These challenges are not unique to New York.
Transportation leaders from around the country, including MTA Chairman Pat Foye and NJ Transit President and CEO Kevin Corbett, held joint press conferences during the first several months of the pandemic to express the potential devastation the country’s transit agencies faced and to argue for more federal aid.
“All of our agencies need additional funding streams distributed not by the same old formulas, but based on needs stemming from this unprecedented health crisis," Foye said in May. "The traditional formulas don’t work in general, but they particularly don’t work during this pandemic; for instance, the epicenter is New York City, New York state, as well as New Jersey."
Seven months later, in late December, the CRRSAA was signed into law and New York began to devise a new formula to split the money that favored the state, even though the virus had spread well beyond the New York metropolitan area by then.
New Jersey Transportation Commissioner Diane Gutierrez-Scaccetti called New York’s methodology “incorrect,” adding that New Jersey and Connecticut based their figures on calculations provided by the FTA headquarters and two regional offices.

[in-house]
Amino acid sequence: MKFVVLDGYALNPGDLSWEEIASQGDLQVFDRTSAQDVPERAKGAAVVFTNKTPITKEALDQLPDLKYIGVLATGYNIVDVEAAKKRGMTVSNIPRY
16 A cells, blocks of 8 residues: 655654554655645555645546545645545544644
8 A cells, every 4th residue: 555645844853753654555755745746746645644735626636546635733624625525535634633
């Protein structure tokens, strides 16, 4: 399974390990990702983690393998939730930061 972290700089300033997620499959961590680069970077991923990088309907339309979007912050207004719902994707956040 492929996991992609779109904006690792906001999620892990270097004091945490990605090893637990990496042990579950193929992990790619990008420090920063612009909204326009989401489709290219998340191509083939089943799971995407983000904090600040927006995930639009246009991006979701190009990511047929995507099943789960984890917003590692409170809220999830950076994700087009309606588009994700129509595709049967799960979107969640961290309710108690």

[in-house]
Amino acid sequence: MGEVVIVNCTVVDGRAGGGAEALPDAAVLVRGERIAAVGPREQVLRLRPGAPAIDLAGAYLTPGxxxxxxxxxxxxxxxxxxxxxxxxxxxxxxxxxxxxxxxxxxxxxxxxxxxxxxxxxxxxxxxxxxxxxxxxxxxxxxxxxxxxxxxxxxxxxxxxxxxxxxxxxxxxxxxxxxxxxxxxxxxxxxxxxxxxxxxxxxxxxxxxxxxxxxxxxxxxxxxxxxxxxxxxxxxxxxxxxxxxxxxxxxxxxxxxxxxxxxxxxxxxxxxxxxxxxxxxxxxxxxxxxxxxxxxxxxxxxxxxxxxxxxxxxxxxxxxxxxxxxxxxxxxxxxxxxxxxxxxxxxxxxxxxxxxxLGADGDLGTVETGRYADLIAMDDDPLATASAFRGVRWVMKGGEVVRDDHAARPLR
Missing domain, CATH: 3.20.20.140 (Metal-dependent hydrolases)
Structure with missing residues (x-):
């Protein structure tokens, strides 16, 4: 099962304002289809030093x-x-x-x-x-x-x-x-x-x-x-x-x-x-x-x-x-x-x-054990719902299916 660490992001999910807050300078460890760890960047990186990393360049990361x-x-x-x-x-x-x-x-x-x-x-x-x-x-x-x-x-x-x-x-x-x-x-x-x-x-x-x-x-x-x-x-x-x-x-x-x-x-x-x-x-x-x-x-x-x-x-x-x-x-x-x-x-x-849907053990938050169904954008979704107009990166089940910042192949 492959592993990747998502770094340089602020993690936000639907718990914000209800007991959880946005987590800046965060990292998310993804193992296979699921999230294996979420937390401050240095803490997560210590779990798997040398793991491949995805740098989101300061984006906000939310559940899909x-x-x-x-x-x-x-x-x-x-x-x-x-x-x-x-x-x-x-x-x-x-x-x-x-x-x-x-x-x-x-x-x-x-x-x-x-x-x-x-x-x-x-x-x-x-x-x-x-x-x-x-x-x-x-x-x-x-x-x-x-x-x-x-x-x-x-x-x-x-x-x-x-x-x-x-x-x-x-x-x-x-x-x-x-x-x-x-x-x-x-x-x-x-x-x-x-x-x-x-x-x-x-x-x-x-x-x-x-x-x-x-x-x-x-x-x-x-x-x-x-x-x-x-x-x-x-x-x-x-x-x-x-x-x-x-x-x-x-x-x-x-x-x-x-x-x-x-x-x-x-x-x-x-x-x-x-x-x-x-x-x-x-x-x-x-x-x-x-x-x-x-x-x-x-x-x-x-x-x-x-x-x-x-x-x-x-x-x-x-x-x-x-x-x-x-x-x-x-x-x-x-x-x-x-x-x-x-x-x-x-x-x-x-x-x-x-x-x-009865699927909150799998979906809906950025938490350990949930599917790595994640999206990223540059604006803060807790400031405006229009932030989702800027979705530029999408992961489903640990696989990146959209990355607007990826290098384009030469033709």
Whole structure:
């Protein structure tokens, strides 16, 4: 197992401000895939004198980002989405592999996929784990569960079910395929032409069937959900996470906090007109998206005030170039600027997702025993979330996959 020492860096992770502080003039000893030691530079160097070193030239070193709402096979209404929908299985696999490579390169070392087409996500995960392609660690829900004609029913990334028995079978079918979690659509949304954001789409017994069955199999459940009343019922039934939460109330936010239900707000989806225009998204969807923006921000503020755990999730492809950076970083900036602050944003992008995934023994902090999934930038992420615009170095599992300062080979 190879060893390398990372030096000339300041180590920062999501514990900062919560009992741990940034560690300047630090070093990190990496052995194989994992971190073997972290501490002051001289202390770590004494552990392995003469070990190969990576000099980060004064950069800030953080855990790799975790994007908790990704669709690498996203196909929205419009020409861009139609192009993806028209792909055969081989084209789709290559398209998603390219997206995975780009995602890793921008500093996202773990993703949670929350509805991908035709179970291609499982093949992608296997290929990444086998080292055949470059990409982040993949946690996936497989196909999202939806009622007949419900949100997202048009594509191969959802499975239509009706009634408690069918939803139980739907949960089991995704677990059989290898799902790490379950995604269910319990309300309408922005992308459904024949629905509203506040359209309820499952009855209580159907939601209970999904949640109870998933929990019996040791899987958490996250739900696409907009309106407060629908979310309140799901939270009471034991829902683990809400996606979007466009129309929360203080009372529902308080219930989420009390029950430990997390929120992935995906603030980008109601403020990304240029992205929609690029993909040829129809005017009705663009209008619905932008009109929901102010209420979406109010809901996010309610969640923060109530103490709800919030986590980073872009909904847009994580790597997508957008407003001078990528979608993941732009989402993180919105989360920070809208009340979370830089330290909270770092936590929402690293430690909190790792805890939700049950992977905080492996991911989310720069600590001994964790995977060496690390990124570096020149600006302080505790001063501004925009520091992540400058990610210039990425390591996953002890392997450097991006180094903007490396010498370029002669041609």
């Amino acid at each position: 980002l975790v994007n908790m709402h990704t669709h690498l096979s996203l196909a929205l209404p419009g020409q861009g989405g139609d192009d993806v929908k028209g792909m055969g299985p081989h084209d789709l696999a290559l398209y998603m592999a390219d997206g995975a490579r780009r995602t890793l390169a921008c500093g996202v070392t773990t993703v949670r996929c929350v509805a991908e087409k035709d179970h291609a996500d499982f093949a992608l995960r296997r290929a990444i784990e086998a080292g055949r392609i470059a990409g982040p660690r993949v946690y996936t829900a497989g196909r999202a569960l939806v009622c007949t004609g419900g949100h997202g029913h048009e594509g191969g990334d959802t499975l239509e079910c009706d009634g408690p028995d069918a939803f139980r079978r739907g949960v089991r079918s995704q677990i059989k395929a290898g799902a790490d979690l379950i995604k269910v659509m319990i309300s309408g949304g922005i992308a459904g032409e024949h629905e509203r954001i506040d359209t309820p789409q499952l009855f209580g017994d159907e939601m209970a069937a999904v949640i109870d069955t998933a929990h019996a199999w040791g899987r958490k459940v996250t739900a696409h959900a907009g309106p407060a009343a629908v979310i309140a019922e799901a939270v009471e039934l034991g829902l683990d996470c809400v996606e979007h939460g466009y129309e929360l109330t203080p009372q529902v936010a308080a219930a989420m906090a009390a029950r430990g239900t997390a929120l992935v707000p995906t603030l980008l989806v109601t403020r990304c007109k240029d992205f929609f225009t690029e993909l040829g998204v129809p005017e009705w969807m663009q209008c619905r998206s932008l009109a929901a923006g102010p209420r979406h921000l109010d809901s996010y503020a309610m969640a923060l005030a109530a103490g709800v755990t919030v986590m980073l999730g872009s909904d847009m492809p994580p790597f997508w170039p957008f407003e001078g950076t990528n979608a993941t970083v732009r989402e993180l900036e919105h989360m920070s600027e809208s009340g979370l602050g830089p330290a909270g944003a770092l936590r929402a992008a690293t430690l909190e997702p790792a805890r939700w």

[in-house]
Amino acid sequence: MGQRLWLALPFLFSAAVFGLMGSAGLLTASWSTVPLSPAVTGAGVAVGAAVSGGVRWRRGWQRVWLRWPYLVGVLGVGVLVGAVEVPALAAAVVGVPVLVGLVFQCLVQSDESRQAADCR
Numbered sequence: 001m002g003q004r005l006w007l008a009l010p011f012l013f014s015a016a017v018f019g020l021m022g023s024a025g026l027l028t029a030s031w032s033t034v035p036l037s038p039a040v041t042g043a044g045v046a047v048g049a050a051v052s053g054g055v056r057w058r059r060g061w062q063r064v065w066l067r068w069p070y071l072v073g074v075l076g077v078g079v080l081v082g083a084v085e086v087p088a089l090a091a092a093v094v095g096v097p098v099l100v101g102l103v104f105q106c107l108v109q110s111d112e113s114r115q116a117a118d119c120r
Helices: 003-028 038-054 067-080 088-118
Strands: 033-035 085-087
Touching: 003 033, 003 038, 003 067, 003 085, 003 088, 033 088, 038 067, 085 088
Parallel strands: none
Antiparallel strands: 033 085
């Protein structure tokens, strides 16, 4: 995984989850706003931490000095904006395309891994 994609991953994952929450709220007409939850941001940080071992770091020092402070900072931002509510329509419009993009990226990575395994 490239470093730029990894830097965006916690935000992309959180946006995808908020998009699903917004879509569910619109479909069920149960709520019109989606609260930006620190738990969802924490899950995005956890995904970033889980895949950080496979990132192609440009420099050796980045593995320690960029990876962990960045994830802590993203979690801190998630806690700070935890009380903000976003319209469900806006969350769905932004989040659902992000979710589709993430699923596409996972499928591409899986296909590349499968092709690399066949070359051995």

“NYSDOT is relying on its own ‘interpretations of legislative intent’ and a statement that MTA ‘suffered great losses’ to support a newly ‘proposed methodology [that] is fair and equitable,’ ” Gutierrez-Scaccetti wrote. “NJ TRANSIT and CTDOT have also ‘suffered great losses’ due to the pandemic.”
How it usually works
Well before the pandemic, New York, New Jersey and Connecticut routinely got together on an annual basis to negotiate how to split up FTA grant money distributed through what’s known as Urbanized Area (UZA) apportionments. In other words, this federal money is distributed to areas based on population size, route mileage and other factors.
For example, New York, New Jersey and Connecticut are allocated money for the New York-Newark region, which includes transit service in the tri-state area. The FTA provides guidance on how to split that money using a formula, but ultimately it's up to the overlapping states in a particular region, or UZA, to decide who gets what.
The suggested splits from the FTA are "non-binding," according to an FTA spokesman, who said, “The law gives discretion to governors and their designated recipients to determine how funds will be allocated."
Typically, the states follow the guidance provided by the FTA.
Asked if there have been lengthy negotiations over splitting this money in the past, Connecticut DOT spokesman Nursick wrote: "No, the historic methodology in place on the sub-allocation of these funds has always been agreed to."
In fact, the three states used this process to splitCARES Act money, the first round of federal coronavirus stimulus funds, approved in late March 2020.